If you’ve ever worked with us or keep up with our ever expanding arsenal of camera goodies, you may have noticed that we are (er, were) exclusively die hard Canon users when it comes to glass and digital cameras. With the exception of adding the Sony FS700 to our roster of digital bodies, and my exploration into a Hasselblad film body (but honestly, that doesn’t really count against Canon), we are dedicated to that brand. I shot a Nikon once, it was weird and I assume they
use voodoo demon magic to make their images are a very nice company to be behind as well. Over this past Memorial Day weekend, I shot two weddings and finally got around to using the holy grail of L Series lenses, in my opinion of course, the 50mm f/1.2.
I like my set up simple when I go out on a shoot, because I know what works for me and I know I can get everything with just a messenger bag full of gear. The 50mm prime lens series has been my go-to since just a few weeks into learning photography. I’ve used my fair share of lenses now, but nothing could be more simple yet so versatile to me then one camera body with a 50mm lens on it. When doing portrait work and my early gigs of shooting concert photography in next to pitch black rooms, I needed a lens that was long enough to get medium-close to my subjects and fast enough to shoot wide open and get great shots (this is where the f-stop becomes the key factor for me). A lens that might only open as wide as f/4, like say the very popular Canon 24-105 L, is gonna limit me well over two full stops which can be crippling in some situations. Your trade off at this point of course, is a very ‘narrow’ depth of field, meaning that even if you hit your focus point just right you might only get the eyes tact sharp and everything else will be out of focus. Lets be honest though, who doesn’t like a healthy dose of blur and bokeh in a portrait?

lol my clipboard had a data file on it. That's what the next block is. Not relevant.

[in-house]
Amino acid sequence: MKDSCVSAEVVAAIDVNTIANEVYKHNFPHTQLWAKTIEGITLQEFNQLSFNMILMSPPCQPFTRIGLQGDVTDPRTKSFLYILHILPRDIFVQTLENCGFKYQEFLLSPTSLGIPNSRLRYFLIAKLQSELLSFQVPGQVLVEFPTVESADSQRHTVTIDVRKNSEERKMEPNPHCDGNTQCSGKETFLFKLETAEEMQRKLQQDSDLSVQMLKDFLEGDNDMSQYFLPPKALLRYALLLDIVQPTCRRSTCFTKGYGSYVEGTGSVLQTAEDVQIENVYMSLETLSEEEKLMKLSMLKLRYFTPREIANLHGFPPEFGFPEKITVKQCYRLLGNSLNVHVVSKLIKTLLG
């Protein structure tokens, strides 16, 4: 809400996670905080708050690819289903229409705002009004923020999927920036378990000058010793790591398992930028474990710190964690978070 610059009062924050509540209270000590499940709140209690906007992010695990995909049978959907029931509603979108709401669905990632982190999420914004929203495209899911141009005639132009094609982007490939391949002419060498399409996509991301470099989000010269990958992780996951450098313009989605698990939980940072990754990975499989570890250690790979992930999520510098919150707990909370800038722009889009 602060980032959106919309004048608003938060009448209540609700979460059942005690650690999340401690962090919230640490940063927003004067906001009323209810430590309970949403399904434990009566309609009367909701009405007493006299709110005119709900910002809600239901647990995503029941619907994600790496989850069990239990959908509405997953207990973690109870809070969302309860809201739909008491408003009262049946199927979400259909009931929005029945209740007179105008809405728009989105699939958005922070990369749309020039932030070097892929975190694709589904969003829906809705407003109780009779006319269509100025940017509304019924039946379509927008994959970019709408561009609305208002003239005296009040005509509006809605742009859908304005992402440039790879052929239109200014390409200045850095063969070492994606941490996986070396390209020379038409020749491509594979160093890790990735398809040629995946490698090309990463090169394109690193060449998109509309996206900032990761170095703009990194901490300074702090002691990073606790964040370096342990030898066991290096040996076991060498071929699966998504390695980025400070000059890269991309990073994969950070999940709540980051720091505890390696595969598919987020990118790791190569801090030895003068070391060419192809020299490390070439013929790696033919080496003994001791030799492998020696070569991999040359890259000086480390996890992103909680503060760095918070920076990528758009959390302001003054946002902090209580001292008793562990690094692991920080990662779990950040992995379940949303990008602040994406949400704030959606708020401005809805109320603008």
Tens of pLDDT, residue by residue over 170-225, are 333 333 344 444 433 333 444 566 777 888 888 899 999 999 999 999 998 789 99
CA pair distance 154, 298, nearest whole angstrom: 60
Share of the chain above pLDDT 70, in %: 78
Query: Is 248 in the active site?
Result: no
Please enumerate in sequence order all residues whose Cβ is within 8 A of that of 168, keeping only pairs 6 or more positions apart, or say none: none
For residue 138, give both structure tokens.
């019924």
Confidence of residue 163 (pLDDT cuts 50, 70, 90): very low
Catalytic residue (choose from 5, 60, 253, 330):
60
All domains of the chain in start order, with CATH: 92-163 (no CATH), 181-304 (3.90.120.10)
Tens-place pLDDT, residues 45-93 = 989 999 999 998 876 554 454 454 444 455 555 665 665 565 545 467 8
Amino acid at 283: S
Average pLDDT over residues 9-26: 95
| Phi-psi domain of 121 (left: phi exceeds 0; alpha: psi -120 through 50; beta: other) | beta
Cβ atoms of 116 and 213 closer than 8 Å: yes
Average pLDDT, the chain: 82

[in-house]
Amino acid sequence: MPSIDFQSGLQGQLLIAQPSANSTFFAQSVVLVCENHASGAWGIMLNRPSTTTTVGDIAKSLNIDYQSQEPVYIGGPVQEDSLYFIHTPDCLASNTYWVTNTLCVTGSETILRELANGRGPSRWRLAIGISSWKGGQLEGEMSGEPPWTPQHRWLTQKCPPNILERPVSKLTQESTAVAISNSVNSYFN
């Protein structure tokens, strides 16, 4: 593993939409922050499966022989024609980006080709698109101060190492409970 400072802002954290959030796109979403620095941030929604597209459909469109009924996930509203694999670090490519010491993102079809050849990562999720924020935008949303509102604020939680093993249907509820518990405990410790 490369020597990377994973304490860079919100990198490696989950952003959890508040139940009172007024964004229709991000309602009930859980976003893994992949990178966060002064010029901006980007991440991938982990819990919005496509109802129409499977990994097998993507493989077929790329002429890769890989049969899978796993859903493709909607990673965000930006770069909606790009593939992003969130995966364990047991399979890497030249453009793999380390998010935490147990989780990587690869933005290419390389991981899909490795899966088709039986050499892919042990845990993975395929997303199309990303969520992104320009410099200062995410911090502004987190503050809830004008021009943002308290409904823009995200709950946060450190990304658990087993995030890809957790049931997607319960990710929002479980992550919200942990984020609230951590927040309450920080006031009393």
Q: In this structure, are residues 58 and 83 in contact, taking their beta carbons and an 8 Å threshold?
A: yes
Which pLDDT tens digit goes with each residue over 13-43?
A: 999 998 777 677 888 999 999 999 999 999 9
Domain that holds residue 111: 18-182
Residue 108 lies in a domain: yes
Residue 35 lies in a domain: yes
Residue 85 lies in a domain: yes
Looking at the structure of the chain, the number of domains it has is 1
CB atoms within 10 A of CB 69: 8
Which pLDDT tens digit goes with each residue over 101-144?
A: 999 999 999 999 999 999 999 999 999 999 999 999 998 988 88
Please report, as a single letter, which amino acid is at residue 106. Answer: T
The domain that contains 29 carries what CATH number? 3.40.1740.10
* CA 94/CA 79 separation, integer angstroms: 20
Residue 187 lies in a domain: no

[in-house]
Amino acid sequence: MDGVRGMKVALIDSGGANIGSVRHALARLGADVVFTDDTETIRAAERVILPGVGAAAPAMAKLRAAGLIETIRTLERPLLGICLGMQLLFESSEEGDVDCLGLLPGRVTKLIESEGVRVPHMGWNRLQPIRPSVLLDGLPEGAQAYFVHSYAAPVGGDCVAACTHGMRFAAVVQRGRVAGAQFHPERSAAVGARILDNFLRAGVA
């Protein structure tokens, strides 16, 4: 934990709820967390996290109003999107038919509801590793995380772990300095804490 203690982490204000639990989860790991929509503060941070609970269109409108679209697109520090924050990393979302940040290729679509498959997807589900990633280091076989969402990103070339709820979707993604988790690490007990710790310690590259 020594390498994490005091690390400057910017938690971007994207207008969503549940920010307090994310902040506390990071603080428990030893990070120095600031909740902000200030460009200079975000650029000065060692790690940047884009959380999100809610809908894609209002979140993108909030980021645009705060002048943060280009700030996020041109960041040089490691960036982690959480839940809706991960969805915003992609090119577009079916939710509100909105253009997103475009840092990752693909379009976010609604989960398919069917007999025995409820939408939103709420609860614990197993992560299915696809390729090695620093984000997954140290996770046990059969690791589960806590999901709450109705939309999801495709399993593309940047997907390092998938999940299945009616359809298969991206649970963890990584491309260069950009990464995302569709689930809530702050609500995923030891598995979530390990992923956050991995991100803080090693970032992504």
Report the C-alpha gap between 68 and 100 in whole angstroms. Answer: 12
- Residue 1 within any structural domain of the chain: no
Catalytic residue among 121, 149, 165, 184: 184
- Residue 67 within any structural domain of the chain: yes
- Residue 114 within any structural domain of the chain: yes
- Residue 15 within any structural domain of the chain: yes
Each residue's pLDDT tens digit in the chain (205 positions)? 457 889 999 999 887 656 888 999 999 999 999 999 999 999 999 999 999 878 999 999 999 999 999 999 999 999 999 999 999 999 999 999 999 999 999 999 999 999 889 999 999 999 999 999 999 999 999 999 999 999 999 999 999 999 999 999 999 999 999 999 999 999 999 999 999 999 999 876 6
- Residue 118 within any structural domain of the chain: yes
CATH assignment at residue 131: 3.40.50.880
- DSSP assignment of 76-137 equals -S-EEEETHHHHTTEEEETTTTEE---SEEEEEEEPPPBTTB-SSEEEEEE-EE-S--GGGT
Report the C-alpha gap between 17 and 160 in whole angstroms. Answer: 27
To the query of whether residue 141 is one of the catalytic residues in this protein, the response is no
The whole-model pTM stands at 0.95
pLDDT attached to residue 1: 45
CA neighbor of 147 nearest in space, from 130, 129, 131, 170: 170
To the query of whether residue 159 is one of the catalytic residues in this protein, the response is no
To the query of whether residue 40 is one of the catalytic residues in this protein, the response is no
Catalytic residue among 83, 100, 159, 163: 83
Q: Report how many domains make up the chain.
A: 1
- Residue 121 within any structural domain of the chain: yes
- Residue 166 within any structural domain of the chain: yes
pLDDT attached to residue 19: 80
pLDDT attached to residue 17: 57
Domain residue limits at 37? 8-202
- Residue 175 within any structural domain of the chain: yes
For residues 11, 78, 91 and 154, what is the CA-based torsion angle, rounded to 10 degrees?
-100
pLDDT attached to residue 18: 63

The 50mm is the perfect all around lens if you ask me. It stays on my camera 90% of the time when I’m out shooting. There are three lenses in the Canon 50mm family; the f/1.8 (also commonly referred to as the ‘Nifty Fifty’), the f/1.4 (my workhorse thus far) and finally the f/1.2 L. I’ve never personally owned the 1.8 but clocking in brand new at $100, you would be foolish not to pick one up just to give it a try. The 1.4 has gotten me to where I am thus far in my career and I would highly recommend it for a significantly better build and great optic quality over the 1.8. However, the 1.2 L was such a beast that I can’t see myself going back to anything else. From the solid, weather sealed body that just feels like it can take a beating, to the absolutely stunning and sharp as glass image quality paired with the killer auto-focus, this is the one for anyone serious about portrait work. The 1.2L will set you back about $1,500 new, but if you are serious about your image quality being top notch then it’s an essential investment.
I should take a quick second to advise against going fully wide open on these lenses unless truly needed. All of my example shots above were done at f/2, and mostly for the reason I touched on that by opening up more than that you run into a very, very narrow depth of field with minimal wiggle room for error. I’ve found that the f/2 to f/2.8 range is ideal for that extremely sharp point of focus with great fall off to that milky soft bokeh you see everywhere else. By opening up to f/1.8, f/1.4, or even f/1.2 you run the risk of having an image so soft that it may not be usable. If you need the extra full stop or two in order to get the image, however, then open it up cause nothing is worse then missing the shot all together. With all that being said, this is a dream lens to me. If you have never tried one out, I couldn’t recommend any other lens higher then this bad boy right here. Go track one down, slap it on whatever body of choice, and get to shooting.